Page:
POSTED ON OCTOBER 31, 2012:
We are not the servants of government
When Election Day has come and gone next week, who will be the real winners and losers in America? On the national scale, the Presidential winner will face one of the most divided countries in our recent history and a single election will not heal that. It would be a stretch to say we are the "united" states. Is America a better country when our freedoms deeply divide us? Is there anything left that we can agree unites us?
These aren't divisions between red states and blue states. This past year every element of our society has been divided against each other. Divisions by age, income, race, sex, fiscal and social positions. Wedge issues have flamed a class warfare that we have not witnessed in many years and the candidates seem to hold the gas cans and the media is their accomplice.
If you are a "have not" then you are told to blame the "haves." If you are a woman you are told to blame the men. If you're a member of a minority race you are told to blame the majority race. If you believe in self reliance and independence then you blame those who are government dependents for the size and cost of government. If you believe in bigger government then you blame the free market for runaway recklessness that needs to be controlled.
The 17th century French philosopher Alexis Tocqueville's observation that "America is great because America is good" seems to ring hollow. And Winston Churchill's view that "America will always do the right thing after they have tried everything else" is more in doubt today than before. The problem is there is no agreement on what the right thing to do is. Don't expect one election to clarify or answer what that is.
Maybe the way to save America is by trusting Americans. Change will come from one of two places: Our government will attempt to change our lives or our government will let us change our lives. It's the difference between change you can believe in and change that believes in you.
It's restating and reaffirming that we the people are not the servants of government. We must consciously seek to return the public sector to a position of service rather than dominance over the private affairs of life. It should be no surprise that the more our government interferes and attempts to control or regulate our lives, the more dissension and distrust grows within the citizenry.
In his book Keeping the Republic, Indiana Governor Mitch Daniels reminds us of the history of that period after the Civil War known as Reconstruction. He explains that "reconstruction did not mean, as it might to modern ears, the physical rebuilding of the war ravaged states. There was no thought at all, nor was there support for, a financial program to restore the South's economic life. Reconstruction meant the rebuilding of the Union. It meant reestablishing the oneness of the nation and redefining the idea of citizenship, most importantly by extending it to people of all races."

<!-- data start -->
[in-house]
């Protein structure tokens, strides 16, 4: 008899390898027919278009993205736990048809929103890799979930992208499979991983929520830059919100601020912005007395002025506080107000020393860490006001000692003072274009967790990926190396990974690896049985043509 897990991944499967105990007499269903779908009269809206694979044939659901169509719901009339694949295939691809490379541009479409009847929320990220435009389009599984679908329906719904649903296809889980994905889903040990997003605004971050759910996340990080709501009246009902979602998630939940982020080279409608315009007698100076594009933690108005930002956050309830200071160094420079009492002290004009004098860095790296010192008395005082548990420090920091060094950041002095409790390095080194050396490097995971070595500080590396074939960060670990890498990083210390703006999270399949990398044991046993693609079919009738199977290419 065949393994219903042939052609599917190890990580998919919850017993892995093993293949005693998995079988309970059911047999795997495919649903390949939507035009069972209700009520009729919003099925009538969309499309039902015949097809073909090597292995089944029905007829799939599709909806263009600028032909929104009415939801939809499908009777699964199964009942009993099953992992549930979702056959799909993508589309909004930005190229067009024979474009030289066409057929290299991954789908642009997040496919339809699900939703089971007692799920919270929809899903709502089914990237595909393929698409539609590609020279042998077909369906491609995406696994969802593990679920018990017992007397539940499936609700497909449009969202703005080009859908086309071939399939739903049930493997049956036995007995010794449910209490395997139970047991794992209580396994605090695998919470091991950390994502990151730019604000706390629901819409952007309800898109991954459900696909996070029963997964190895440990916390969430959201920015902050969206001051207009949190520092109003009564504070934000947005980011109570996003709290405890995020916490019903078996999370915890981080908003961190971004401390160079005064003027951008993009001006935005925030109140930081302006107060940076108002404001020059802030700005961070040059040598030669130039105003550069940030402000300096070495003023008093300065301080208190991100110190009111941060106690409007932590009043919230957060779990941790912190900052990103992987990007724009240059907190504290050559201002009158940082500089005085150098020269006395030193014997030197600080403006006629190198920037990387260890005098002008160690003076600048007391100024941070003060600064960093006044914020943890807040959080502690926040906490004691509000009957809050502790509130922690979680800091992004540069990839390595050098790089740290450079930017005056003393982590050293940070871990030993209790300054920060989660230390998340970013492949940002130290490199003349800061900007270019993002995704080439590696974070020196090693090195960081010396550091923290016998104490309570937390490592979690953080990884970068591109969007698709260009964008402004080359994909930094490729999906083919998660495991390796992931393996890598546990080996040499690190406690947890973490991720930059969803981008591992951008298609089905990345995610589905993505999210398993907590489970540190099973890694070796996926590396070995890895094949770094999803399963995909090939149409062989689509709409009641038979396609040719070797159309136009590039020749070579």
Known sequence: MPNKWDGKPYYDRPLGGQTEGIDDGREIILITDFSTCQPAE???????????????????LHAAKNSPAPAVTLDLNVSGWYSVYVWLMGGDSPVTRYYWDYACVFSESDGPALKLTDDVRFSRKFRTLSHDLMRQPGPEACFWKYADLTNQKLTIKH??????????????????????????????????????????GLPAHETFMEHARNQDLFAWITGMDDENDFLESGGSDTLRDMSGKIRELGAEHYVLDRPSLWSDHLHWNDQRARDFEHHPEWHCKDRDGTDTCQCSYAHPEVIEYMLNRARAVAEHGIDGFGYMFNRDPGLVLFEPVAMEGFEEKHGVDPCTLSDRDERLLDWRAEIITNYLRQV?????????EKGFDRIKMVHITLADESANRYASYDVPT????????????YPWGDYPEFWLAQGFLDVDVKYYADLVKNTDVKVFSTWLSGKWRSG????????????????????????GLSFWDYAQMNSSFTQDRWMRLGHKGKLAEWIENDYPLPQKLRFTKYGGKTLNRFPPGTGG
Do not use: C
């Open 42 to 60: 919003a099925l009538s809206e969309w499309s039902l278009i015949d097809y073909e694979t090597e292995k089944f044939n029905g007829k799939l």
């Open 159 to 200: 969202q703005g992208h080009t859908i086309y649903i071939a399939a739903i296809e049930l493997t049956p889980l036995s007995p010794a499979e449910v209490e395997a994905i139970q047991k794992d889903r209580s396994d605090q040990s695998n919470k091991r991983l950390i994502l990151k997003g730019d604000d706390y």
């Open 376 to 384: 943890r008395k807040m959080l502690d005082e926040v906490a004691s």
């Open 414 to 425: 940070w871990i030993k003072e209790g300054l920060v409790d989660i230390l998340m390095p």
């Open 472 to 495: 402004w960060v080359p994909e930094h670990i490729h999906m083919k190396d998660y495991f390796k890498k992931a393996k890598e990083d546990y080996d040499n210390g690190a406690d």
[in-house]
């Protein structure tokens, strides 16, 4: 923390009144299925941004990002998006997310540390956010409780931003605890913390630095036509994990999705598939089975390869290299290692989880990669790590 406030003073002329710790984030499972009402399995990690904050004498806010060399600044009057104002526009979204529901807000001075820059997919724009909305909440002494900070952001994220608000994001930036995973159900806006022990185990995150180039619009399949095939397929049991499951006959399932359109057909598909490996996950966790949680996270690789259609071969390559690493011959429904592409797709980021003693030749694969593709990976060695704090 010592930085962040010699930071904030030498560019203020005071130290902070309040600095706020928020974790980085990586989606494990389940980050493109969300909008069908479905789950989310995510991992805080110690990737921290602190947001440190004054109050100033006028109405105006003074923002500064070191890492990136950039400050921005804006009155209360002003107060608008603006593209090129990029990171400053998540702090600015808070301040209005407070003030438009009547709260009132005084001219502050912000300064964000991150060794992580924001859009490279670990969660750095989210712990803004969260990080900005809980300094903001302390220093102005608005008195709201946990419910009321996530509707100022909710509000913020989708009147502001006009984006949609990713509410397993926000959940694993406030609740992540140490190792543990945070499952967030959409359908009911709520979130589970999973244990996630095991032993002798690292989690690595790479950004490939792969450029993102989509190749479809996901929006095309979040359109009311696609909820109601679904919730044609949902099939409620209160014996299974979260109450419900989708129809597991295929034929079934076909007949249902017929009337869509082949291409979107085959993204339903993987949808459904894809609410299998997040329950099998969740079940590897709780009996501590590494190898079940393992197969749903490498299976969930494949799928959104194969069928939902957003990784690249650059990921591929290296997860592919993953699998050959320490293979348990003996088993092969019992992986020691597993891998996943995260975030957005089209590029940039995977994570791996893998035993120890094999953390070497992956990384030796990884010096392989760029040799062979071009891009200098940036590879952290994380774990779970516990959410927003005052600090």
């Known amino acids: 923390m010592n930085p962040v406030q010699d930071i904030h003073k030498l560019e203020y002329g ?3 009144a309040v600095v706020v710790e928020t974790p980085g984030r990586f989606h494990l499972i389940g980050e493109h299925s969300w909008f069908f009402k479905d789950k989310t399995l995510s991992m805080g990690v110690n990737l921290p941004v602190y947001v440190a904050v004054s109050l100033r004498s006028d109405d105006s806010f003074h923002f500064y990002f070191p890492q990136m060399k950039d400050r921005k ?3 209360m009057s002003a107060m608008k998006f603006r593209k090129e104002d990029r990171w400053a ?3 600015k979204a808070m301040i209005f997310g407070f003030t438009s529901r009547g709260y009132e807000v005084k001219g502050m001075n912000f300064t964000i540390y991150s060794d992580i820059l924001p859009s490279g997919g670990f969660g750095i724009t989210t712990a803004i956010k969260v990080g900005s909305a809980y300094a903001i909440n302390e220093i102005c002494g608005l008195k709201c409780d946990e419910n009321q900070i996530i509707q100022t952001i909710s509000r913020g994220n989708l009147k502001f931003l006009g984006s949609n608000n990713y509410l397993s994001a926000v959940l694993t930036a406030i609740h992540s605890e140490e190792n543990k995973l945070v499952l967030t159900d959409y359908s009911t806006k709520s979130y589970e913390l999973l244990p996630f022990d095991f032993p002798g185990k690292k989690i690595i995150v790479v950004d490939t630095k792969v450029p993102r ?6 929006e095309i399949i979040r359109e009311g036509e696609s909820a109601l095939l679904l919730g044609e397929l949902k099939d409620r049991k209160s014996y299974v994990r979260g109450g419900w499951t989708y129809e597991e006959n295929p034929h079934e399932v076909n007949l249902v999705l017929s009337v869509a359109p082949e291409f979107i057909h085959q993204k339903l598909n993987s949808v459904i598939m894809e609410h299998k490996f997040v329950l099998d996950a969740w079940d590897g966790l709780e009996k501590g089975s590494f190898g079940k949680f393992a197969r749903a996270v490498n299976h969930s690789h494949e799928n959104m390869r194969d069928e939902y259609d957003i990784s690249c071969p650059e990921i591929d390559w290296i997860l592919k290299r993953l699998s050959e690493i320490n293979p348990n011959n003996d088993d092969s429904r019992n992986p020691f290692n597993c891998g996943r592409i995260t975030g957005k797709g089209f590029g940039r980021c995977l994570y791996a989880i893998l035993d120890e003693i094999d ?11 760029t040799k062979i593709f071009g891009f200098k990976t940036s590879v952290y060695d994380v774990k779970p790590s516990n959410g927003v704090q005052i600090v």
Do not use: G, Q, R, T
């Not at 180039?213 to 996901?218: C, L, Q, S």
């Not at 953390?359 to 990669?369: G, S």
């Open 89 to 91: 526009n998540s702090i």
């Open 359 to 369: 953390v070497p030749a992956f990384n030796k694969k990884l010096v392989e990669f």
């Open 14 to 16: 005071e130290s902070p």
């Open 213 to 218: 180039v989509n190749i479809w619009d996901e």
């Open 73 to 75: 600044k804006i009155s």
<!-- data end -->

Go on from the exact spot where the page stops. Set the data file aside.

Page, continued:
This clearly appears to be the task before our nation and its leaders. To restore that sense of national character, identity and pride. And for those who doubt that national leaders such as our President can do this, we should remember Ronald Reagan's proclamation that America would once again be "that shining city on the hill" which is our divine destiny. There were many fine moments of American pride during the Reagan years. One such moment came when he was speaking to a group of Russian students and said: "Freedom is the recognition that no single person, no single authority or government has a monopoly on the truth, but that every individual life is infinitely precious, that every one of us put on this world has been put there for a reason and has something to offer."
What Americans liked about Reagan was that he was solid, tough, offered no compromise or apology for the principals and ideals which he believed gave America its great purpose. And many Americans believe this is what separates America from the rest of the world. If, by standing by the principles of America, Reagan was able to defeat and crush the entire Soviet empire, why can't the leaders of today wipe out a gang of terrorist thugs?
When we, the people, tell our government servants time and again that we don't believe we are better off than four years ago and we don't believe we are heading in the right direction, why aren't we listened to? Who's in charge or, more importantly, who is supposed to be in charge?
The anger and divisiveness in Congress isn't born there. It comes from the people they represent from across the country. And this anger was incited by one side or the other telling us that someone else is to blame for their lot in life. People no longer feel accountable or responsible for their own path in life. It's not the government's fault or those who allege to lead the government. It's our fault. It's our neighbors fault. It's our employers fault. It's the fault of anyone who is different than you. But it certainly isn't you.
Isn't it amazing that after months of campaign strategy and tactics clearly aimed at dividing the country in a countless number of ways, that those elected looked bewildered and frustrated wondering why the sides can't work together and get along better.
What's happening today is what happened over 200 years ago when it took a revolution to stand up for individual liberty and stand up against a government; if it's big enough to give you everything you want then it's also big enough to take everything you have.
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